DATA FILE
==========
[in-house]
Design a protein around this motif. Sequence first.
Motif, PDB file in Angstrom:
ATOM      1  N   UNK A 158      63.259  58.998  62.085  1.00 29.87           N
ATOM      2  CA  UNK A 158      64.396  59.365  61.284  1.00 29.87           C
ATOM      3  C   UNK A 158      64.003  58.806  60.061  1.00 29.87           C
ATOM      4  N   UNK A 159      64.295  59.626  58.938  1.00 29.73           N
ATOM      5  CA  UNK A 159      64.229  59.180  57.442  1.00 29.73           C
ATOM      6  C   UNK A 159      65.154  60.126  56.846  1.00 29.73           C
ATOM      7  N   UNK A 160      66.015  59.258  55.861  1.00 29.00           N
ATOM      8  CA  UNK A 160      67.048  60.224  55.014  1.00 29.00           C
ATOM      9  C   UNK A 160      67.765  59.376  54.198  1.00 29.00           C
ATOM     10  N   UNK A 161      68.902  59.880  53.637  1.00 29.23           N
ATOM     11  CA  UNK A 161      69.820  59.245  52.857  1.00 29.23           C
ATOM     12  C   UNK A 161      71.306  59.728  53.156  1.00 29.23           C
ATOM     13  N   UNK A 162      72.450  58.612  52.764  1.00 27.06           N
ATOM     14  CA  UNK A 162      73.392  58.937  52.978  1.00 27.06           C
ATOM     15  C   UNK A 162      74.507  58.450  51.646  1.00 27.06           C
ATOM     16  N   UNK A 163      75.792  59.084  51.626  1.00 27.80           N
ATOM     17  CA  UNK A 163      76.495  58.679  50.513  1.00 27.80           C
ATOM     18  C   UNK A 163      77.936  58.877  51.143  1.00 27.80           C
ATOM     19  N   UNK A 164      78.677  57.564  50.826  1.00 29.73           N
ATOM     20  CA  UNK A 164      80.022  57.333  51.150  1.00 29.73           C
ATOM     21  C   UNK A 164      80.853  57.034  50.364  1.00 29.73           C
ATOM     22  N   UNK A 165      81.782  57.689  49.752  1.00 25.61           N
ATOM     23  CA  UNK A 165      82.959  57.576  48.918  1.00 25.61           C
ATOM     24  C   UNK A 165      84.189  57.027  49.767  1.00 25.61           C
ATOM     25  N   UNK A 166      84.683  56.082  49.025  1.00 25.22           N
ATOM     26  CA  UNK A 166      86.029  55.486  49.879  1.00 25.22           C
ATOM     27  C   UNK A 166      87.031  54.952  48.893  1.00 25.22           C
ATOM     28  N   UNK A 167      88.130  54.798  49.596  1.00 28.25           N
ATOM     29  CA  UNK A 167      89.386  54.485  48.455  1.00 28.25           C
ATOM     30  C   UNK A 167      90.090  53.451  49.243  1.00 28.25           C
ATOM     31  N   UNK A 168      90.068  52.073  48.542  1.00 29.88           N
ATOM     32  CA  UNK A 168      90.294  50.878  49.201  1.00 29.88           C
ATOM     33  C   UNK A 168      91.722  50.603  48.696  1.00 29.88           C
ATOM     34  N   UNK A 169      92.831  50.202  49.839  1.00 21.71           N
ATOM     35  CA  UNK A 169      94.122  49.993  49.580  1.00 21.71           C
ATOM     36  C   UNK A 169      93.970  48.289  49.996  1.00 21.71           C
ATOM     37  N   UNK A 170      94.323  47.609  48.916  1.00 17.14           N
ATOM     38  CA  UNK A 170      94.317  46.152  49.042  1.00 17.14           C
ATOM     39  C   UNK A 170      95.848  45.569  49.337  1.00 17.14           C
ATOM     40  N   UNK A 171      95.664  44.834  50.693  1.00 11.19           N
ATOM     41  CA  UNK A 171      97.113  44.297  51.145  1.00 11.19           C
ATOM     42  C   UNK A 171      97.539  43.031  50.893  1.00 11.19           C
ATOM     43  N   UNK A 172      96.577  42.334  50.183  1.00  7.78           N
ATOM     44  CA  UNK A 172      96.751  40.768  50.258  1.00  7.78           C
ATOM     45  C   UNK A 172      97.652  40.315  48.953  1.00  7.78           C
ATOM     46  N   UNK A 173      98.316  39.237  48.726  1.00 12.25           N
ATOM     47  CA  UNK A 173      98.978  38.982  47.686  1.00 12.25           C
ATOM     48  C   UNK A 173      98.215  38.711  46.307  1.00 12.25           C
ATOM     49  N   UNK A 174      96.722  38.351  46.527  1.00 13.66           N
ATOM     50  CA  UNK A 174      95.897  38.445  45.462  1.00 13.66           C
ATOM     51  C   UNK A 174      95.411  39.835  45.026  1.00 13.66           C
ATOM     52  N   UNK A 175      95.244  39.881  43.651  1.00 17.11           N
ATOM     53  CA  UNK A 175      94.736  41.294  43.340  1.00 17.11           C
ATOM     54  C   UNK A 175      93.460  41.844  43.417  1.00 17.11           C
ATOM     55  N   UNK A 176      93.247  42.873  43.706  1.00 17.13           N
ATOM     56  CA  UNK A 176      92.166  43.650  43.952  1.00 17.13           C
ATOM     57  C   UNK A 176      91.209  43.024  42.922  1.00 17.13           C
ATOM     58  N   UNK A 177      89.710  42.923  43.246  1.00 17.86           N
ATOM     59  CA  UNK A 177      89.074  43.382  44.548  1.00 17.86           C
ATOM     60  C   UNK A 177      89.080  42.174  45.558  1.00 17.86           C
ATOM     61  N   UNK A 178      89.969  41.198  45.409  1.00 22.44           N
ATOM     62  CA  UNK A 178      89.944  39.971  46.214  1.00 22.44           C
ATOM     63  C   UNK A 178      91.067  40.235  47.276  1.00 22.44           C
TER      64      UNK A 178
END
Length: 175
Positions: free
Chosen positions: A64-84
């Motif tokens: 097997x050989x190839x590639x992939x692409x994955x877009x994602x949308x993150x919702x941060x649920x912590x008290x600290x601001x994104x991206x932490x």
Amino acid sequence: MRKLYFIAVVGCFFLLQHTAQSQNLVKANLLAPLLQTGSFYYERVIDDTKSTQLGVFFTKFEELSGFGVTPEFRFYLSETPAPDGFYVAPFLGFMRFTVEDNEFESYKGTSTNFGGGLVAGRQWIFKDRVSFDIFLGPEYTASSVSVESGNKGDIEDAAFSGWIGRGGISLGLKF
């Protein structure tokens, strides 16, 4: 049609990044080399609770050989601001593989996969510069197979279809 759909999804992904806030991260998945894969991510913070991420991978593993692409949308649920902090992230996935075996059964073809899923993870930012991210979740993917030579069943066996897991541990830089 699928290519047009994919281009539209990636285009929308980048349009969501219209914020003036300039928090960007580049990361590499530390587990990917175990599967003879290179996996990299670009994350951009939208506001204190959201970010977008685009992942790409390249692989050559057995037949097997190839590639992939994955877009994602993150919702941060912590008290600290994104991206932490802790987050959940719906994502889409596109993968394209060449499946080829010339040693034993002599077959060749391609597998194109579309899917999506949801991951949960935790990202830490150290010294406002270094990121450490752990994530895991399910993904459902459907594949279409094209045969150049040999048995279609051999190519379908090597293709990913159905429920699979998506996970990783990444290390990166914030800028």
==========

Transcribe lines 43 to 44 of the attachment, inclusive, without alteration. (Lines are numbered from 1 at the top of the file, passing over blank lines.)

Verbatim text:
ATOM     40  N   UNK A 171      95.664  44.834  50.693  1.00 11.19           N
ATOM     41  CA  UNK A 171      97.113  44.297  51.145  1.00 11.19           C